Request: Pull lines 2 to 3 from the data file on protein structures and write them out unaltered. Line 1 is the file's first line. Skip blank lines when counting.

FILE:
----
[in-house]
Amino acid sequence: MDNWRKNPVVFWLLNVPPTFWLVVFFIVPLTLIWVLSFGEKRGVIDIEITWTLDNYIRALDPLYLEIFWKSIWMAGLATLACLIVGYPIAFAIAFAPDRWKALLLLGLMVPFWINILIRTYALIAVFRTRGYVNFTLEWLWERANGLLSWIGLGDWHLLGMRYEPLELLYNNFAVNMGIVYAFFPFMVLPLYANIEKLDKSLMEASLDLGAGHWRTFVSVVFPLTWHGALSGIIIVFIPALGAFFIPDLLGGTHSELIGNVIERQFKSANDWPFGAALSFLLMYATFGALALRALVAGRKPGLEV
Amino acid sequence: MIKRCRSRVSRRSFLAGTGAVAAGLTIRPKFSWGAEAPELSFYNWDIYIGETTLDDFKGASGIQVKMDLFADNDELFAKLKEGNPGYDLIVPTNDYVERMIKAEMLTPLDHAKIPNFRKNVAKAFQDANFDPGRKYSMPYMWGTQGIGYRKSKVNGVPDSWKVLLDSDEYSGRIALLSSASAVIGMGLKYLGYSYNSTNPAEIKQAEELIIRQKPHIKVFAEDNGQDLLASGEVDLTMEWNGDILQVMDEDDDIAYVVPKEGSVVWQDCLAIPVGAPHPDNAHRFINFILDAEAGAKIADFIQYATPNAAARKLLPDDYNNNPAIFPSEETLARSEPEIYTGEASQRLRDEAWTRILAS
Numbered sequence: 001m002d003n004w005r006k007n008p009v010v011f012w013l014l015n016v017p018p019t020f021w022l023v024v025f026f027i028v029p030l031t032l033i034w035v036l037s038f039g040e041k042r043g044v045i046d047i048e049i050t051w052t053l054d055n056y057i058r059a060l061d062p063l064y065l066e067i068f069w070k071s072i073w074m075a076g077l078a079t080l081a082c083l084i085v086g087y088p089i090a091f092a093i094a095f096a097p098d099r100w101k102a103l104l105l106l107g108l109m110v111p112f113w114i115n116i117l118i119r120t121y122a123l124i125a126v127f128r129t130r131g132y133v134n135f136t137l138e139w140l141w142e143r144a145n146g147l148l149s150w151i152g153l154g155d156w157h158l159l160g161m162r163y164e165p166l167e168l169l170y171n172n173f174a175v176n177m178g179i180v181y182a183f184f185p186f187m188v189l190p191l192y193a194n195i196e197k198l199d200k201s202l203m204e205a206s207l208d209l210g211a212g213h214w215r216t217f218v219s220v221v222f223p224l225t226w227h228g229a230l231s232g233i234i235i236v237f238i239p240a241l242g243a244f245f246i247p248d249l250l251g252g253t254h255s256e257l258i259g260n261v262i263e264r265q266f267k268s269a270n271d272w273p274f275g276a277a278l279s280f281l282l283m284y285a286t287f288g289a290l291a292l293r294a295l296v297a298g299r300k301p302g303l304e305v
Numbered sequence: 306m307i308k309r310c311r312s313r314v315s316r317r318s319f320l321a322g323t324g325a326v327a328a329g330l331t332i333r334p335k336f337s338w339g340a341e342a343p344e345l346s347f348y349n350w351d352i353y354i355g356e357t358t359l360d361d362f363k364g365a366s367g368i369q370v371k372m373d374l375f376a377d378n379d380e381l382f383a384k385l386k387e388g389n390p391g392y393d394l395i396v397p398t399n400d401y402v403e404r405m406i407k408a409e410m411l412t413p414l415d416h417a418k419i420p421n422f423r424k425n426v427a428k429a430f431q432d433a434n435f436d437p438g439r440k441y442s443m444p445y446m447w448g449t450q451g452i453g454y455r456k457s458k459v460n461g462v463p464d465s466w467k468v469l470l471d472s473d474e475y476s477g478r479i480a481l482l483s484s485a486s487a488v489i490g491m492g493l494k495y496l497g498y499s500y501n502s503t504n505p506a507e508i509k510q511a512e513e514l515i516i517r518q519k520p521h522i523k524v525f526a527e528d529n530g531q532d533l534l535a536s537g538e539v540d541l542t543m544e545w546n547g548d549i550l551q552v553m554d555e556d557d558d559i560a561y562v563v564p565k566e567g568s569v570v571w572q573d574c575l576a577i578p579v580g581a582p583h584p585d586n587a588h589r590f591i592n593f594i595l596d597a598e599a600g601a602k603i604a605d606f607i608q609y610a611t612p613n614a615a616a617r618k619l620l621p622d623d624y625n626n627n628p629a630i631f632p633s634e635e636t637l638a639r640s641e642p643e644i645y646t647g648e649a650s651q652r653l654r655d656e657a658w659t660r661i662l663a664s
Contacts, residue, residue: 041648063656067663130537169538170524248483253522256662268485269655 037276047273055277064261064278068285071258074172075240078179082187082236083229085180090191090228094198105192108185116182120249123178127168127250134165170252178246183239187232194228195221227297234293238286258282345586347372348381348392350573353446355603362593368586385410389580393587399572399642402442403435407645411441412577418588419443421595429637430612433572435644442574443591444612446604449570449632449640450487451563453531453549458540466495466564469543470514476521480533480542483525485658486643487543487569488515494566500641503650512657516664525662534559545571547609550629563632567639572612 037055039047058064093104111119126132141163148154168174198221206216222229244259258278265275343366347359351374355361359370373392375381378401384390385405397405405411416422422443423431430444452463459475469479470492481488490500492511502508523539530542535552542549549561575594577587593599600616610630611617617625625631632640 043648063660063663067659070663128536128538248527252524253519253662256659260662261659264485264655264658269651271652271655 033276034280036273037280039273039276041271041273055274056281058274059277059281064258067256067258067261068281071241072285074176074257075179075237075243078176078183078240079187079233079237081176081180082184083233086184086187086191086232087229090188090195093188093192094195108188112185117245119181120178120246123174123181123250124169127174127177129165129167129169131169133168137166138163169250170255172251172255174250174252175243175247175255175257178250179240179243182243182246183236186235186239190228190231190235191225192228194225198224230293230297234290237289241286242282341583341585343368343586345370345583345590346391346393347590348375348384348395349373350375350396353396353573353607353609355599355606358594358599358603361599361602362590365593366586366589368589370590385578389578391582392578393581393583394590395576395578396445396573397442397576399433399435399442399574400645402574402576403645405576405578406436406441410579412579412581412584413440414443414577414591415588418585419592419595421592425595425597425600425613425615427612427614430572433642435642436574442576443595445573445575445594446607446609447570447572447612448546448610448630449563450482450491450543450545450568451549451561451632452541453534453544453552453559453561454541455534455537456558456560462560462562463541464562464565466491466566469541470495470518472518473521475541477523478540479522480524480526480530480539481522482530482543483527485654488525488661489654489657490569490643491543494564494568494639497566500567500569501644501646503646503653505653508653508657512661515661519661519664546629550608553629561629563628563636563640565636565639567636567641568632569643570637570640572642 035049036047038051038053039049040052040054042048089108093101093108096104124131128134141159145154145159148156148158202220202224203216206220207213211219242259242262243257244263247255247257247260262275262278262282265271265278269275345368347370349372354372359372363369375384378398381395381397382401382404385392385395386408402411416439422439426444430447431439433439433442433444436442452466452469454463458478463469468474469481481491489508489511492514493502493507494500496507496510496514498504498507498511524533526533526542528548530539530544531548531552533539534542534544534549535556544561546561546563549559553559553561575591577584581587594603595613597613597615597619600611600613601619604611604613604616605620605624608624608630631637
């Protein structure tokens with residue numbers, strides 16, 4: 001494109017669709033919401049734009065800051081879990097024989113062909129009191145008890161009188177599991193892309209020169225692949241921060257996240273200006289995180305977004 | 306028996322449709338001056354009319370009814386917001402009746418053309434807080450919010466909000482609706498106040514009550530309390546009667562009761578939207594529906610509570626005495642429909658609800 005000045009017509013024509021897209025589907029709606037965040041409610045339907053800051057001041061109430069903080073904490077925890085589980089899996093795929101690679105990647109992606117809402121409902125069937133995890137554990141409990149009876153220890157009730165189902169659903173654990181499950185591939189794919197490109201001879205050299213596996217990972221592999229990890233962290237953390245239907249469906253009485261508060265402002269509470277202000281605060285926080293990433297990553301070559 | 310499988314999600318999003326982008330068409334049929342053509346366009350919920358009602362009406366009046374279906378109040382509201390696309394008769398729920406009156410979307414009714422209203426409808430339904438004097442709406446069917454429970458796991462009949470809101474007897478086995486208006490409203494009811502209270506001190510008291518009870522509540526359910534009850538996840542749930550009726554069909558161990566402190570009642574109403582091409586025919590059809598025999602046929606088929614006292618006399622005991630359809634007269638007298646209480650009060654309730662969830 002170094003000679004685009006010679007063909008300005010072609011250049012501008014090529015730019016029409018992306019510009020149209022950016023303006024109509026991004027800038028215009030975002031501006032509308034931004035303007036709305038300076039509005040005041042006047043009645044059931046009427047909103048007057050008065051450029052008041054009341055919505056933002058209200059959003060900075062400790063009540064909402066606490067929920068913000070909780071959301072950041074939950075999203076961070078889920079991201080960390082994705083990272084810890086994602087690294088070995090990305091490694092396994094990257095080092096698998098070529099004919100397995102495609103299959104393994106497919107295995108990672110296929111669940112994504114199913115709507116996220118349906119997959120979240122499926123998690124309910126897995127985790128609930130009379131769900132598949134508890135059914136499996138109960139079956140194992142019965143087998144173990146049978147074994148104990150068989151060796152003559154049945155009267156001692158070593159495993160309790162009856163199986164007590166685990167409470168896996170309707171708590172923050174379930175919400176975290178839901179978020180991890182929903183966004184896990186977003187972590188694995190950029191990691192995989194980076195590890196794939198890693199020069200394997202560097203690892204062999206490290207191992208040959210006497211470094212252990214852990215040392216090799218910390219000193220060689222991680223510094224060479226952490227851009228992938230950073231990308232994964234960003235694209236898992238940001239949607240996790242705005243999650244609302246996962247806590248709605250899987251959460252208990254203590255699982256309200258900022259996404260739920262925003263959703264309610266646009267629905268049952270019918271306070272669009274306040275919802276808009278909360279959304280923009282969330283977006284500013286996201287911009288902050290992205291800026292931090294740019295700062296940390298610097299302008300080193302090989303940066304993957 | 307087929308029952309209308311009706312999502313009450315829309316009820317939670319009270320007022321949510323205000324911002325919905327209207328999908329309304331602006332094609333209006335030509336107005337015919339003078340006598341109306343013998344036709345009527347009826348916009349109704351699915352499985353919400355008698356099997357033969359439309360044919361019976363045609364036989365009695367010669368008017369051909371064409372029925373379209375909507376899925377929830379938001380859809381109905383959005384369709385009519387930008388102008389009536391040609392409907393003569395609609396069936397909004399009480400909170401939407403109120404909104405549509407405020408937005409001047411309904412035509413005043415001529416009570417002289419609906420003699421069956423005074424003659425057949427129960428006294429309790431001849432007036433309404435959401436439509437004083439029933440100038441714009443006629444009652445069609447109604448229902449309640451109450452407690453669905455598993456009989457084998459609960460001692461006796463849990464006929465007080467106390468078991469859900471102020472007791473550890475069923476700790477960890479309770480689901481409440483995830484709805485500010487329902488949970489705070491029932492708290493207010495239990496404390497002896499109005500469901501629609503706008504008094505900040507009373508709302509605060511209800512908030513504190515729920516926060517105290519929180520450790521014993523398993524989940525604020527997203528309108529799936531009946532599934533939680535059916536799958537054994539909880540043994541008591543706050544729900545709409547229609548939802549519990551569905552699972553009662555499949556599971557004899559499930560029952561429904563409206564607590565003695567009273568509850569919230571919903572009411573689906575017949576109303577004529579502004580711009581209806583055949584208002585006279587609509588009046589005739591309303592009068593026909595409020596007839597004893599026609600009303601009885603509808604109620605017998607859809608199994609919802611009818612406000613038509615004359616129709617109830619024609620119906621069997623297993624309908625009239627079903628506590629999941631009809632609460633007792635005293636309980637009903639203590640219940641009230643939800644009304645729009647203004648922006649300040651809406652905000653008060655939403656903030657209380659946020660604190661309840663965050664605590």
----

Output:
Amino acid sequence: MDNWRKNPVVFWLLNVPPTFWLVVFFIVPLTLIWVLSFGEKRGVIDIEITWTLDNYIRALDPLYLEIFWKSIWMAGLATLACLIVGYPIAFAIAFAPDRWKALLLLGLMVPFWINILIRTYALIAVFRTRGYVNFTLEWLWERANGLLSWIGLGDWHLLGMRYEPLELLYNNFAVNMGIVYAFFPFMVLPLYANIEKLDKSLMEASLDLGAGHWRTFVSVVFPLTWHGALSGIIIVFIPALGAFFIPDLLGGTHSELIGNVIERQFKSANDWPFGAALSFLLMYATFGALALRALVAGRKPGLEV
Amino acid sequence: MIKRCRSRVSRRSFLAGTGAVAAGLTIRPKFSWGAEAPELSFYNWDIYIGETTLDDFKGASGIQVKMDLFADNDELFAKLKEGNPGYDLIVPTNDYVERMIKAEMLTPLDHAKIPNFRKNVAKAFQDANFDPGRKYSMPYMWGTQGIGYRKSKVNGVPDSWKVLLDSDEYSGRIALLSSASAVIGMGLKYLGYSYNSTNPAEIKQAEELIIRQKPHIKVFAEDNGQDLLASGEVDLTMEWNGDILQVMDEDDDIAYVVPKEGSVVWQDCLAIPVGAPHPDNAHRFINFILDAEAGAKIADFIQYATPNAAARKLLPDDYNNNPAIFPSEETLARSEPEIYTGEASQRLRDEAWTRILAS